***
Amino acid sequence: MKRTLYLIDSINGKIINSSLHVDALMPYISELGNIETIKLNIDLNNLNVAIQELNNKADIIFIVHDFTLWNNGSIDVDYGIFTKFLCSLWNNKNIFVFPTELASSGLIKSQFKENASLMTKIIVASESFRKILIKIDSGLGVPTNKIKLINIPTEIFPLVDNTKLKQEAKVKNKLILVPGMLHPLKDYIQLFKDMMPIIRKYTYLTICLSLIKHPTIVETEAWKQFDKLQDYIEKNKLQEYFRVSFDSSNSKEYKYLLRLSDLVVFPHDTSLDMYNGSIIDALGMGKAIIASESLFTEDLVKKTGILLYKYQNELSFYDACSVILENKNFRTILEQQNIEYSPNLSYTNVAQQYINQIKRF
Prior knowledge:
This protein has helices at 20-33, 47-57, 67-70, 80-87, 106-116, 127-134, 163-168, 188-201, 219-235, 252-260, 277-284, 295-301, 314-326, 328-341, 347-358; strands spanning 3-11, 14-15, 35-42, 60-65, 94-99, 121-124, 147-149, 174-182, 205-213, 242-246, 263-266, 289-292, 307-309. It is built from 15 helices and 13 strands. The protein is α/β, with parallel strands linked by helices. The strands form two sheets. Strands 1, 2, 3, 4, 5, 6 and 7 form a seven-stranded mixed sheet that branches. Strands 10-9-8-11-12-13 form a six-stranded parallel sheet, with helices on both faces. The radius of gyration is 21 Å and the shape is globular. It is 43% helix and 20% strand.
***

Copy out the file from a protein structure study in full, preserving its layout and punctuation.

Amino acid sequence: MKRTLYLIDSINGKIINSSLHVDALMPYISELGNIETIKLNIDLNNLNVAIQELNNKADIIFIVHDFTLWNNGSIDVDYGIFTKFLCSLWNNKNIFVFPTELASSGLIKSQFKENASLMTKIIVASESFRKILIKIDSGLGVPTNKIKLINIPTEIFPLVDNTKLKQEAKVKNKLILVPGMLHPLKDYIQLFKDMMPIIRKYTYLTICLSLIKHPTIVETEAWKQFDKLQDYIEKNKLQEYFRVSFDSSNSKEYKYLLRLSDLVVFPHDTSLDMYNGSIIDALGMGKAIIASESLFTEDLVKKTGILLYKYQNELSFYDACSVILENKNFRTILEQQNIEYSPNLSYTNVAQQYINQIKRF
Prior knowledge:
This protein has helices at 20-33, 47-57, 67-70, 80-87, 106-116, 127-134, 163-168, 188-201, 219-235, 252-260, 277-284, 295-301, 314-326, 328-341, 347-358; strands spanning 3-11, 14-15, 35-42, 60-65, 94-99, 121-124, 147-149, 174-182, 205-213, 242-246, 263-266, 289-292, 307-309. It is built from 15 helices and 13 strands. The protein is α/β, with parallel strands linked by helices. The strands form two sheets. Strands 1, 2, 3, 4, 5, 6 and 7 form a seven-stranded mixed sheet that branches. Strands 10-9-8-11-12-13 form a six-stranded parallel sheet, with helices on both faces. The radius of gyration is 21 Å and the shape is globular. It is 43% helix and 20% strand.